30 October 2019

A thing that went surprisingly well

For once in my life something went more smoothly than I expected it to...

Last Sunday I finally got my Greyhawk campaign going with a couple of old friends. One of the players was in Toronto, the other in Montreal, and I was DMing from Milwaukee. We used 'google hangouts' for the session. The few handouts I used were emailed to them at the appropriate times. We all rolled our own physical dice (rather than use some online dice-roller), etc., and generally relied on the 'theatre of the mind' to follow what was happening.

I was surprised how well it worked. Indeed, I regret having bothered with 'Roll20' years ago (for a short-lived AD&D campaign), which was far more trouble than it was worth. I also regret not trying this much earlier. While I prefer meeting in person (who doesn't?), this was pretty close to that experience.

We all had a great time and plan to continue with regular sessions in the future. However, I suspect that things would not run as smoothly if we were a larger group. Three or four participants probably is optimal for online gaming (at least using a video conference tool).

Anyhow, I hope to write more about this campaign -- and Greyhawk in general -- in the near-ish future.

27 October 2019

Past visions of the future: Germany 1930

I’ve always been fascinated by how people in the past envisioned the future. (Here’s a post from 2015 on how some 19th Century French artists thought life would be like in 2000.)

So I was delighted to stumble upon this article: “Wonderful Futuristic Visions of Germany By Artists In 1930.”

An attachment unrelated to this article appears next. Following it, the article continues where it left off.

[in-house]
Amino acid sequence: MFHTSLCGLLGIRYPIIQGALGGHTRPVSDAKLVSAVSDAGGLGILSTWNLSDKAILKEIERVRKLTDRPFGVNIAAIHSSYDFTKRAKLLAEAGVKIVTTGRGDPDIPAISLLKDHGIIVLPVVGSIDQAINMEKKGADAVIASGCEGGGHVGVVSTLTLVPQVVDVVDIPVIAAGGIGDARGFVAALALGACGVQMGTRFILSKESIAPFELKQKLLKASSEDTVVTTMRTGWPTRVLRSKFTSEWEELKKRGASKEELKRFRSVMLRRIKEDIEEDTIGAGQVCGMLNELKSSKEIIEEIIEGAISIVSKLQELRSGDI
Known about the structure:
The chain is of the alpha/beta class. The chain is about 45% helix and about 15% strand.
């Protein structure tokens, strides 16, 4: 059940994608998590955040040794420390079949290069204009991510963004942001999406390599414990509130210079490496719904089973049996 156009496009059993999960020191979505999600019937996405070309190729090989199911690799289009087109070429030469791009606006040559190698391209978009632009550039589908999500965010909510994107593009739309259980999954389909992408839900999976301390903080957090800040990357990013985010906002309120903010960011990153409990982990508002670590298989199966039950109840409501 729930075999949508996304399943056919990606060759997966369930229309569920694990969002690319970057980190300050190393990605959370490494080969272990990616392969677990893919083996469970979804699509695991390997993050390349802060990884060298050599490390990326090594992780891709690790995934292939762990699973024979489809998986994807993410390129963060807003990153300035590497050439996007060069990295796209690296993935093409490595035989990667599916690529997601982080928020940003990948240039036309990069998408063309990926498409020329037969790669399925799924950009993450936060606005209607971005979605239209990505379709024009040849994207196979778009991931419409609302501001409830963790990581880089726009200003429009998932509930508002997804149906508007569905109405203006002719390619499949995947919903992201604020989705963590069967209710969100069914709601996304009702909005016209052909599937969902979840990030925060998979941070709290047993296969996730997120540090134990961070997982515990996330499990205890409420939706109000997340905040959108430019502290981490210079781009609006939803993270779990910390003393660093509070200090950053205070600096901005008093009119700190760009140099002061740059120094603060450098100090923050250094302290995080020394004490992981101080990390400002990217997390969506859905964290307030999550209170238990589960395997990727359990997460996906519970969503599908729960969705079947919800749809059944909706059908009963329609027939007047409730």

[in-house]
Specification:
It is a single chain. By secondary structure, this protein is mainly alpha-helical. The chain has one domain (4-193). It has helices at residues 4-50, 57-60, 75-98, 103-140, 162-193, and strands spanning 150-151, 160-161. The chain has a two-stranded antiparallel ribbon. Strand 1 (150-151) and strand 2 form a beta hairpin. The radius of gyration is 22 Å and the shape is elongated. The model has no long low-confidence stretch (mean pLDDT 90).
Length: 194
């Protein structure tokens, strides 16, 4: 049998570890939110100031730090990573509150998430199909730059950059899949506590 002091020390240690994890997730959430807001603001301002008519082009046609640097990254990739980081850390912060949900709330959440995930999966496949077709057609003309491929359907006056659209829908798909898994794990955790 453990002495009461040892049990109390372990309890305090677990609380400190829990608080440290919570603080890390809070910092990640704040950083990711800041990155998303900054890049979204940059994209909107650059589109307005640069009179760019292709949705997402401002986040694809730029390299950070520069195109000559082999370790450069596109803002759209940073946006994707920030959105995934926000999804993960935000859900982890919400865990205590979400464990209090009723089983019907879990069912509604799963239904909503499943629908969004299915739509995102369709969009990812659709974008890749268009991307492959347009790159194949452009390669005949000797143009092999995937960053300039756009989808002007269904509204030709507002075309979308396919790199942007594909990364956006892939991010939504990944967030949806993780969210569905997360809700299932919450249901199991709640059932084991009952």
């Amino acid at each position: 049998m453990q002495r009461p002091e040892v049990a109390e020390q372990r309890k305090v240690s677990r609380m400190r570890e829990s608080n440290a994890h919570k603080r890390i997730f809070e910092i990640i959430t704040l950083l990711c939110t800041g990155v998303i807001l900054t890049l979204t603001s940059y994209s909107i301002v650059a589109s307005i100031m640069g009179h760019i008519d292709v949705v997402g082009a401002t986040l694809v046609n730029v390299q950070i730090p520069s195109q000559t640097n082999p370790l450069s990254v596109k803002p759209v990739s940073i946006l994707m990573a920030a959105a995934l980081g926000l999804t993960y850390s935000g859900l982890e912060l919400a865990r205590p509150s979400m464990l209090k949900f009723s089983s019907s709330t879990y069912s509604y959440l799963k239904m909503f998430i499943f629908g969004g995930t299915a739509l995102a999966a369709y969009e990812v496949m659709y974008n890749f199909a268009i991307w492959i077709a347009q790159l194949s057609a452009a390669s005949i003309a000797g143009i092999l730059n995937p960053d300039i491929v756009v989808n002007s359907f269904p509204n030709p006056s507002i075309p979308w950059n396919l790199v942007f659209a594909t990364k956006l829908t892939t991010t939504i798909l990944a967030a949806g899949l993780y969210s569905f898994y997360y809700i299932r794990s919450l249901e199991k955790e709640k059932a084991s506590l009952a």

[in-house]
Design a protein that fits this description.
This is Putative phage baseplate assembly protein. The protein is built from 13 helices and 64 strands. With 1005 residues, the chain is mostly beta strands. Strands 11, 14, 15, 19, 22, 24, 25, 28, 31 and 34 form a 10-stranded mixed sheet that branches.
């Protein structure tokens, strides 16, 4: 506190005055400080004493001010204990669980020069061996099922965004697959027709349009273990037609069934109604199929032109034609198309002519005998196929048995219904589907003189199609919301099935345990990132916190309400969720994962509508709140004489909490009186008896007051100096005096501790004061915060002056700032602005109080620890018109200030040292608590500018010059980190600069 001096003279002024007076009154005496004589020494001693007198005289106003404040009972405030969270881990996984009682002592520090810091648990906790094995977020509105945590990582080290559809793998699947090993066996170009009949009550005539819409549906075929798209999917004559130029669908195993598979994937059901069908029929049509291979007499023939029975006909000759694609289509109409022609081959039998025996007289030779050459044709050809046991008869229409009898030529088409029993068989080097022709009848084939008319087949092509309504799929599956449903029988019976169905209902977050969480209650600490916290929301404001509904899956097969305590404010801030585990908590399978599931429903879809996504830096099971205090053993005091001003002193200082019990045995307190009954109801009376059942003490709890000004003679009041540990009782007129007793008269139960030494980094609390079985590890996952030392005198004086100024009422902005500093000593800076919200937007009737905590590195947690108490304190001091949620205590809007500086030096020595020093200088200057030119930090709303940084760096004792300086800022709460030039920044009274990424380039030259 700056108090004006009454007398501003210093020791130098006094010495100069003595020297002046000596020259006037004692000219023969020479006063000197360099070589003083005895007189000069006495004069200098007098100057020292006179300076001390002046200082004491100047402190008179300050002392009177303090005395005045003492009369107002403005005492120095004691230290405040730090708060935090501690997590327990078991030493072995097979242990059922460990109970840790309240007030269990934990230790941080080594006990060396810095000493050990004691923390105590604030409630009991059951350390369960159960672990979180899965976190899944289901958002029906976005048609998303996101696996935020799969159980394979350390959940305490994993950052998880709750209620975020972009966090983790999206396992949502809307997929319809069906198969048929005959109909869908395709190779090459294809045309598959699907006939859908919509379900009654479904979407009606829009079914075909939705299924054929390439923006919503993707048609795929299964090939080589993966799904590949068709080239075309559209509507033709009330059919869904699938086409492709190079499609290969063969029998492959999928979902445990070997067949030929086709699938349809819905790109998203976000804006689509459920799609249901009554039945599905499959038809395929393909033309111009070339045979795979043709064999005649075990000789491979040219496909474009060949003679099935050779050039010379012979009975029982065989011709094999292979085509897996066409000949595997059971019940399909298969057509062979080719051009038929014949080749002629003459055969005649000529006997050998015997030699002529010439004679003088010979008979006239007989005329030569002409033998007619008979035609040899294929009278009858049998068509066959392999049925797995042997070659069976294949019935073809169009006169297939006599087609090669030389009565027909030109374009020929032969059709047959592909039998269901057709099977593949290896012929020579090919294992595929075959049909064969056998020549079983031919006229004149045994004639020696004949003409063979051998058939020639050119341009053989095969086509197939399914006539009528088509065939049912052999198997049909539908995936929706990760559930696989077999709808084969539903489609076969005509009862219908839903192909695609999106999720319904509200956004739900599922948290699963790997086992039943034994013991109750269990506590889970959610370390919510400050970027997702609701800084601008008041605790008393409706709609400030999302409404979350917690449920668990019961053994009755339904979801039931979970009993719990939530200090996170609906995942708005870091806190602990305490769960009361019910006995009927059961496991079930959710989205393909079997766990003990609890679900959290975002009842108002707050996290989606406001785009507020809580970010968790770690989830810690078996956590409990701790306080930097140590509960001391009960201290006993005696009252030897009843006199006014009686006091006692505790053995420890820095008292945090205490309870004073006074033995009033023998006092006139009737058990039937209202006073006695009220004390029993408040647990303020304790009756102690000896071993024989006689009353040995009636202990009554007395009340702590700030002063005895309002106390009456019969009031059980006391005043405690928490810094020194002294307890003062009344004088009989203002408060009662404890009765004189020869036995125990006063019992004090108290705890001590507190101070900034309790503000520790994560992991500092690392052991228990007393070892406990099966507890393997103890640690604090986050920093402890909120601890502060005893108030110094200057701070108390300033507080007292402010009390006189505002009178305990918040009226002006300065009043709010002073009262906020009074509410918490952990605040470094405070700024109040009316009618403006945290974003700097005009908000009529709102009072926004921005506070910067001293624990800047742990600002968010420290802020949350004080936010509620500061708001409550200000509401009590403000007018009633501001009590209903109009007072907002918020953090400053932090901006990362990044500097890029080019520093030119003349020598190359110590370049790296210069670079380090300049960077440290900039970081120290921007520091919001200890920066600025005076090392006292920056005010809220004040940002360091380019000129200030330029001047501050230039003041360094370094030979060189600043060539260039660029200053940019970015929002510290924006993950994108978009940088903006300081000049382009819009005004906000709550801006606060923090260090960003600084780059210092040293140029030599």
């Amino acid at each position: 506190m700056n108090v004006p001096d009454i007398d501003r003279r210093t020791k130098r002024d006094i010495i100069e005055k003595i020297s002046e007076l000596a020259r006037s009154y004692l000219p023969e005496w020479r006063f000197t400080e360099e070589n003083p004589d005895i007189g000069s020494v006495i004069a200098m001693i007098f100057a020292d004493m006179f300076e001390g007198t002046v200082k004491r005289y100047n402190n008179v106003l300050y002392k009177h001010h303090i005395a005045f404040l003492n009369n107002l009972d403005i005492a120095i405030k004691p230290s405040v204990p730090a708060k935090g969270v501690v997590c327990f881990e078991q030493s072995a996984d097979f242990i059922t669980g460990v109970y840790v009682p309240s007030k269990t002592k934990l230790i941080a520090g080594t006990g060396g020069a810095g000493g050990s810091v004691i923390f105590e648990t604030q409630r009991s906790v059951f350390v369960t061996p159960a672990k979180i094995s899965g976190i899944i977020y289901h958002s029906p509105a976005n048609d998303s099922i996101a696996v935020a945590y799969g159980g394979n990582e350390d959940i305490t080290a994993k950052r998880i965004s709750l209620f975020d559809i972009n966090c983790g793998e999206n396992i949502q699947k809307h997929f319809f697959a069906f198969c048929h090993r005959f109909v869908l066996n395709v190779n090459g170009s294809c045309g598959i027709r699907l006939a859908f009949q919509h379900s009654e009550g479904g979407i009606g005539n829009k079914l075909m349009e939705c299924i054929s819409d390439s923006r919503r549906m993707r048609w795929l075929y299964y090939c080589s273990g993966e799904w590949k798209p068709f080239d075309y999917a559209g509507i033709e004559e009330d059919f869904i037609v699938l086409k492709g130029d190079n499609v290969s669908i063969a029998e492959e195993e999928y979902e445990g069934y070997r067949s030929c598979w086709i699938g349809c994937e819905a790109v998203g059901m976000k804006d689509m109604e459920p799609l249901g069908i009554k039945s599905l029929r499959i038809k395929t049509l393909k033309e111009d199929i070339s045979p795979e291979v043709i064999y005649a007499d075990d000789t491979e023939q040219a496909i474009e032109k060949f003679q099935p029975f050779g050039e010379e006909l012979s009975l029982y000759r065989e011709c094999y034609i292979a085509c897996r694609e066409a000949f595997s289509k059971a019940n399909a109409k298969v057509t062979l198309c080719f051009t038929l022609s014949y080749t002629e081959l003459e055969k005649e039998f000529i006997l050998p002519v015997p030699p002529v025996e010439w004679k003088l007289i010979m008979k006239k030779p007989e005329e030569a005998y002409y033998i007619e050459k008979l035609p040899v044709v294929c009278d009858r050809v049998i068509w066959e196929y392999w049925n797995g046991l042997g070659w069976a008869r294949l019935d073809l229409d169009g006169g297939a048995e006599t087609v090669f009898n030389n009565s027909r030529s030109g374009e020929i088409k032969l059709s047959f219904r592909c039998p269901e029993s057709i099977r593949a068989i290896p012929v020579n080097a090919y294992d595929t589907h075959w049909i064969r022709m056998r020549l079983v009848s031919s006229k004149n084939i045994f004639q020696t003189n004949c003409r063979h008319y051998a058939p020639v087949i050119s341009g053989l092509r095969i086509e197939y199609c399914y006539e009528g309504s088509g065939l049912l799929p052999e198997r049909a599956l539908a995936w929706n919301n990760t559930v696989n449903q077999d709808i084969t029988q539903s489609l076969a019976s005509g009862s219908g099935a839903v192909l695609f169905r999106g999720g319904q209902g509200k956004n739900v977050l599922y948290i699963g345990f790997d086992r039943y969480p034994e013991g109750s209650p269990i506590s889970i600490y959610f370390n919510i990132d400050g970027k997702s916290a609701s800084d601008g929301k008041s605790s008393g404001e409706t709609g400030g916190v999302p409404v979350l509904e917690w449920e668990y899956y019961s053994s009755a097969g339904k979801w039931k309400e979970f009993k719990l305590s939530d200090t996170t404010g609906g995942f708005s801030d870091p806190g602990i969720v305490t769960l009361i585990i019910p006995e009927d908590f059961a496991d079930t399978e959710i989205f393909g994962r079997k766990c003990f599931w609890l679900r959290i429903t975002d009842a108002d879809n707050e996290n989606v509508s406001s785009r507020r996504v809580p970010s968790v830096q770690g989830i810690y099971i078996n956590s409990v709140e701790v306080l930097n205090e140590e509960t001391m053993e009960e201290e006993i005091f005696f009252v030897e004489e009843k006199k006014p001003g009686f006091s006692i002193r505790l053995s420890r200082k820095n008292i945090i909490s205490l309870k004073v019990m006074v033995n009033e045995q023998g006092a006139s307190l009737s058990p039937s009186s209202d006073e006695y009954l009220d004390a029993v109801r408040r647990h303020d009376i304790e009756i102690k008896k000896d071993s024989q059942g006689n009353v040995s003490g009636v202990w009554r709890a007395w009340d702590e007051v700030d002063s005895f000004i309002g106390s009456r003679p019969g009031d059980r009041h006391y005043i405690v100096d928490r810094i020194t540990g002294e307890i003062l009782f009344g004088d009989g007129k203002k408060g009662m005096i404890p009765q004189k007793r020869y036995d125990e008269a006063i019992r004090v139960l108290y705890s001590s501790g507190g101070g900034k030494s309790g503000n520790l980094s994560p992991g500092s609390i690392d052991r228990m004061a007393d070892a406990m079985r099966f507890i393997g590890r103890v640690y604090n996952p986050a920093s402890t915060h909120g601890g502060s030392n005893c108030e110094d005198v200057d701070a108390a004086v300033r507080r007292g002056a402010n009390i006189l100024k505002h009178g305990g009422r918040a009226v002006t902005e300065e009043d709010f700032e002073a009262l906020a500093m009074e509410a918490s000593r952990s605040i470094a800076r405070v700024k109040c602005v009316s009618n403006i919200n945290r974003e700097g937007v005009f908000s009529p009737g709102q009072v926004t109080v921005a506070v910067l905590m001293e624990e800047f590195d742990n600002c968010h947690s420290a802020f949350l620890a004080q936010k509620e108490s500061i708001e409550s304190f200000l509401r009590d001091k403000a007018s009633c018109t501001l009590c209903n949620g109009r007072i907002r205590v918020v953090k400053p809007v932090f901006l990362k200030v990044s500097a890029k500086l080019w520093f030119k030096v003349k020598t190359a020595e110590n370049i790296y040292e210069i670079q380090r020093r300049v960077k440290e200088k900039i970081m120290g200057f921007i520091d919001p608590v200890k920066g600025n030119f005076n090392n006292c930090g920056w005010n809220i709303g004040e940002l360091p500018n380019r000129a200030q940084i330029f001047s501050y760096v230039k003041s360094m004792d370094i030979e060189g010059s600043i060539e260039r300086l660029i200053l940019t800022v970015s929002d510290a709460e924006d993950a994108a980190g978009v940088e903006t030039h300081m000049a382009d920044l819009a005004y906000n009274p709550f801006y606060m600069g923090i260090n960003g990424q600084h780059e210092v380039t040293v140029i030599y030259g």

The pictures are all quite delightful, but this one struck me as especially prophetic:

Here is the caption:
Wireless Private Phone and Television.
Everyone now has their own transmitter and receiver and can communicate with friends and relatives. But the television technology has also improved so much that people can speak to each other in real time. Transmitters and receivers are no longer bound to their location, but are always placed in a box of the size of a camera.
These optimistic visions of the future are especially poignant given the hell into which Germany would descend in only a few years.

19 October 2019

Role-playing games and self-discovery

I thought that I would mention a couple of recent first-person essays on role-playing games in the popular press. Both essays reflect on how playing RPGs helped the authors learn about themselves and develop in important ways.

Recently in Vox: “The best $1.16 I ever spent: a set of loaded Dungeons & Dragons dice” by Jessica Xing.

And in the Washington Post: “How my role-playing game character showed me I could be a woman” by Joan Moriarity.

I found both essays rather interesting. They were written from perspectives radically different from my own. Nonetheless, I can relate to the power of role-playing games in self-discovery and self-development. I know that I would’ve been a very different person—less imaginative, far more shy—had I not opened up the blue ‘Holmes’ Basic Set of Dungeons and Dragons (the one with chits!) many decades ago…

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I'm a Canadian political philosopher who lives primarily in Toronto but teaches in Milwaukee (sometimes in person, sometimes online).